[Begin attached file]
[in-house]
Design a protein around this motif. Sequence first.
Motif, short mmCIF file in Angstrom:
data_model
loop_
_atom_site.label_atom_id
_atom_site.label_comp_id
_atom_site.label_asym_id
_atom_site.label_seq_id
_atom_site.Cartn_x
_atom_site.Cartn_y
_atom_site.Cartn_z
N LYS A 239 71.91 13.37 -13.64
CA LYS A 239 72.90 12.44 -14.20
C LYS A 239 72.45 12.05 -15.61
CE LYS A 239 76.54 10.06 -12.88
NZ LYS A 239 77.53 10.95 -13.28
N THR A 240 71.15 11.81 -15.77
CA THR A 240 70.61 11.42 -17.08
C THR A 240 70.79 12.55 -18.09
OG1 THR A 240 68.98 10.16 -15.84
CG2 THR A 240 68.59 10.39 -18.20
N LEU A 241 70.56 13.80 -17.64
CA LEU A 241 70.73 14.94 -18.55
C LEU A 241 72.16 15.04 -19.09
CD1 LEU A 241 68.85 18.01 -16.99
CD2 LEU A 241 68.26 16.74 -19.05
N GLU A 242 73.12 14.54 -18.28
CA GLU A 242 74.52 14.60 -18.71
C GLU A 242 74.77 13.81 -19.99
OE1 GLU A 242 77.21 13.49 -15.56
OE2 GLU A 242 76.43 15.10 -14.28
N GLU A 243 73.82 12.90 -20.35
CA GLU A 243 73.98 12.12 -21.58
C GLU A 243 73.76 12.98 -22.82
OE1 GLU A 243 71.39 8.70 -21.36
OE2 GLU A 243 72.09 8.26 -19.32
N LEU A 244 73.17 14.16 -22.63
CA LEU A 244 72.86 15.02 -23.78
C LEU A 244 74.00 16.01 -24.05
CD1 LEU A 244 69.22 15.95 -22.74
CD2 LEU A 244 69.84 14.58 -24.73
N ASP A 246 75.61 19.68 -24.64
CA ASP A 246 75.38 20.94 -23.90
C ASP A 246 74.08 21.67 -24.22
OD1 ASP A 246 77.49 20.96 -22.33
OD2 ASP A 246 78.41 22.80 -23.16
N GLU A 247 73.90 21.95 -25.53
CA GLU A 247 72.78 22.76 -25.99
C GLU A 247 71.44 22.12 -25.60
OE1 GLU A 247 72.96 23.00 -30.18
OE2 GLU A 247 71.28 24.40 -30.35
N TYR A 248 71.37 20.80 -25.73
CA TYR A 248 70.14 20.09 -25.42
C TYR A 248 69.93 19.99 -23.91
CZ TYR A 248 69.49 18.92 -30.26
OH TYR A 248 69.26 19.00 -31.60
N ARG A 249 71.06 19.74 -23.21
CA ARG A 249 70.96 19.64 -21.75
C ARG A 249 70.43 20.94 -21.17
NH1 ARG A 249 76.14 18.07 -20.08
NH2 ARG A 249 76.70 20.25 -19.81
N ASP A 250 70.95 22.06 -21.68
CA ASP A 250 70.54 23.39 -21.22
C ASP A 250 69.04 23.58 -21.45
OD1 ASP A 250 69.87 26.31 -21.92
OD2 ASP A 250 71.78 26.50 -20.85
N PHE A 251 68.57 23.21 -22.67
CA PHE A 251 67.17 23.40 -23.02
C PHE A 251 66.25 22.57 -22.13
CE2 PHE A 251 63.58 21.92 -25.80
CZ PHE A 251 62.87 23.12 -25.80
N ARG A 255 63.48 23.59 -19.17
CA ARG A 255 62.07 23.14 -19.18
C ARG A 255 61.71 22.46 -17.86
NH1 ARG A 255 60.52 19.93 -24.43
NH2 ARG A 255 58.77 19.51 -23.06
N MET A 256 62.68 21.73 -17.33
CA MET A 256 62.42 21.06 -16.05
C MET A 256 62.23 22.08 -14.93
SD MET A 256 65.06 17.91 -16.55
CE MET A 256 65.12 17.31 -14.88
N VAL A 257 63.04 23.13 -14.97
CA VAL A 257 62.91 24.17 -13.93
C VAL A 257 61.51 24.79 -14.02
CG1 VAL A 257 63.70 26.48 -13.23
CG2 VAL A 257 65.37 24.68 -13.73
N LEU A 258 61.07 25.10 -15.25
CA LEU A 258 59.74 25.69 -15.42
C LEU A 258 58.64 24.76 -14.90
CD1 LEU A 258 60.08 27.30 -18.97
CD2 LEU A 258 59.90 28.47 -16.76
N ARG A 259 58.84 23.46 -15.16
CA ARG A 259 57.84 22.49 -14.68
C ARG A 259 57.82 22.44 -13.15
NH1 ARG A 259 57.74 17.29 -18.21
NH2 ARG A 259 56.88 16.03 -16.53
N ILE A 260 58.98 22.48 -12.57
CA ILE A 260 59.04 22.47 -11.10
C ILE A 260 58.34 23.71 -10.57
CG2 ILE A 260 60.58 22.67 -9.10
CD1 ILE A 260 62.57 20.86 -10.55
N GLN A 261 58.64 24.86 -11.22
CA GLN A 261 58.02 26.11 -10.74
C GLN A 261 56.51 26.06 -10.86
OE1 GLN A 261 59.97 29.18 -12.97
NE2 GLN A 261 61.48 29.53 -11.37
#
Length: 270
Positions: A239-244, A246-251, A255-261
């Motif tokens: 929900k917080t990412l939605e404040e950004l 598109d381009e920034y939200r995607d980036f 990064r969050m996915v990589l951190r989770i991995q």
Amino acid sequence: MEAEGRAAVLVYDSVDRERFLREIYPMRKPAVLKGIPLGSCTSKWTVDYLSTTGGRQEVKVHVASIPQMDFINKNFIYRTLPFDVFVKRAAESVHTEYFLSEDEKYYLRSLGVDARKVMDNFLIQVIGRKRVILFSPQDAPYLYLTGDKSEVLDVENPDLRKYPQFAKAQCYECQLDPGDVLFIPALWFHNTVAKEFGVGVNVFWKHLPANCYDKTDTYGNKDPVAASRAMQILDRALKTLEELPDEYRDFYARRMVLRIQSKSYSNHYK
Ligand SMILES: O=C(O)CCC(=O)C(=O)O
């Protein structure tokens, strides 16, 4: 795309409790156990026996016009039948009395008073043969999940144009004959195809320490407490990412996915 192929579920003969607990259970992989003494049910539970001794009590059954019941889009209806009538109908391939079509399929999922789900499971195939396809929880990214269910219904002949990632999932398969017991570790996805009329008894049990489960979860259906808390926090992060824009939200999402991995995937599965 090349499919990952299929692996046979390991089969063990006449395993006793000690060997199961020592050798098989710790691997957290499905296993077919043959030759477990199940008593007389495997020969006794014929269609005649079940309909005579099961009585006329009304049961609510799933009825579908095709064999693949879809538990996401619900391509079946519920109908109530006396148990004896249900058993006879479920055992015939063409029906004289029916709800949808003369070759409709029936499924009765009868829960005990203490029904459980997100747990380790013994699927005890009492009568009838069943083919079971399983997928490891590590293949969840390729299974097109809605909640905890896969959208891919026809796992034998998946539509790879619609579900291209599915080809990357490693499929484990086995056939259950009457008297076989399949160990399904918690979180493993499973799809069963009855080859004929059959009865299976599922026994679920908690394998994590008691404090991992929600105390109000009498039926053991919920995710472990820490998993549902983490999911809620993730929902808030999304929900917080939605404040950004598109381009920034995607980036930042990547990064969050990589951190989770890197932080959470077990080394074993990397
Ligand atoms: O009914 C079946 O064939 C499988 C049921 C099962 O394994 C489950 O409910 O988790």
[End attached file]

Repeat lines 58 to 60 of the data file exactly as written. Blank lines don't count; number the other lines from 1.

N ARG A 249 71.06 19.74 -23.21
CA ARG A 249 70.96 19.64 -21.75
C ARG A 249 70.43 20.94 -21.17